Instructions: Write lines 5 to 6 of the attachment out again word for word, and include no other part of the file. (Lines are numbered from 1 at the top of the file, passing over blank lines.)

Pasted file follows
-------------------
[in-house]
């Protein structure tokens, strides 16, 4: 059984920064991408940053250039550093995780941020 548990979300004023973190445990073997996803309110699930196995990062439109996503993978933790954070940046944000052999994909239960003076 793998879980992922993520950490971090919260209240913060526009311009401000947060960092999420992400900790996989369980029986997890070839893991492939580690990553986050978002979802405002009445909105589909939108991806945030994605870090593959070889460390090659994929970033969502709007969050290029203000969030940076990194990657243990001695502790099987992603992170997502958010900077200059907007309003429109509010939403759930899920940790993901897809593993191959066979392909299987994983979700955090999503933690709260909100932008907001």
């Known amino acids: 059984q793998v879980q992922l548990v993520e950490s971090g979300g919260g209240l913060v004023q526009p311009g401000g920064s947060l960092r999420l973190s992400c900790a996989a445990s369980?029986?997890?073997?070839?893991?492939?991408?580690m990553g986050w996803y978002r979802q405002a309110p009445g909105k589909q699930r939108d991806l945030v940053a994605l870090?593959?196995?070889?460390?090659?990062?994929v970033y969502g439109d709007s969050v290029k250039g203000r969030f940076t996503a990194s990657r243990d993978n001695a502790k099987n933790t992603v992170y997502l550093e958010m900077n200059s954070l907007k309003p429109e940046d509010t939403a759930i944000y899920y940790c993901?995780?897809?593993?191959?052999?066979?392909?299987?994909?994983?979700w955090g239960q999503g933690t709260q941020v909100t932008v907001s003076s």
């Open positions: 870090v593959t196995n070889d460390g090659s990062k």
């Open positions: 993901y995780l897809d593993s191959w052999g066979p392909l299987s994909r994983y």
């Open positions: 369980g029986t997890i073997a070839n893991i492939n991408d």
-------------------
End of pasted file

């Open positions: 993901y995780l897809d593993s191959w052999g066979p392909l299987s994909r994983y």
């Open positions: 369980g029986t997890i073997a070839n893991i492939n991408d």